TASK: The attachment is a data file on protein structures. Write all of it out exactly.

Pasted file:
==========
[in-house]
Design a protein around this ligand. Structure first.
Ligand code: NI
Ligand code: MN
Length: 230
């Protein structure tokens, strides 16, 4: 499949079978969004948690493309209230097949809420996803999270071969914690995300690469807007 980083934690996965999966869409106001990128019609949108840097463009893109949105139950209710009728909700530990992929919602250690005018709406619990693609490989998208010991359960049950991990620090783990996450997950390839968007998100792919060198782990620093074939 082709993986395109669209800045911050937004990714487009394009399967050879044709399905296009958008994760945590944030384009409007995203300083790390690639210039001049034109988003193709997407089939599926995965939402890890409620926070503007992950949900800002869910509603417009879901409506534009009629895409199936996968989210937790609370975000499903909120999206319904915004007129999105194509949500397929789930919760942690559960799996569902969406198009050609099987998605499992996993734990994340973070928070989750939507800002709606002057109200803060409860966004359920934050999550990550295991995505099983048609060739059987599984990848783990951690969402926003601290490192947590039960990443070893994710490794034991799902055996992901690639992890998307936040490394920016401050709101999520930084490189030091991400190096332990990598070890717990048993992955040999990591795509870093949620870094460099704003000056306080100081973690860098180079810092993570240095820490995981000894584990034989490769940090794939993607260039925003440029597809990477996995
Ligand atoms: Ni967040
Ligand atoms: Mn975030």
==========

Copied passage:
[in-house]
Design a protein around this ligand. Structure first.
Ligand code: NI
Ligand code: MN
Length: 230
């Protein structure tokens, strides 16, 4: 499949079978969004948690493309209230097949809420996803999270071969914690995300690469807007 980083934690996965999966869409106001990128019609949108840097463009893109949105139950209710009728909700530990992929919602250690005018709406619990693609490989998208010991359960049950991990620090783990996450997950390839968007998100792919060198782990620093074939 082709993986395109669209800045911050937004990714487009394009399967050879044709399905296009958008994760945590944030384009409007995203300083790390690639210039001049034109988003193709997407089939599926995965939402890890409620926070503007992950949900800002869910509603417009879901409506534009009629895409199936996968989210937790609370975000499903909120999206319904915004007129999105194509949500397929789930919760942690559960799996569902969406198009050609099987998605499992996993734990994340973070928070989750939507800002709606002057109200803060409860966004359920934050999550990550295991995505099983048609060739059987599984990848783990951690969402926003601290490192947590039960990443070893994710490794034991799902055996992901690639992890998307936040490394920016401050709101999520930084490189030091991400190096332990990598070890717990048993992955040999990591795509870093949620870094460099704003000056306080100081973690860098180079810092993570240095820490995981000894584990034989490769940090794939993607260039925003440029597809990477996995
Ligand atoms: Ni967040
Ligand atoms: Mn975030």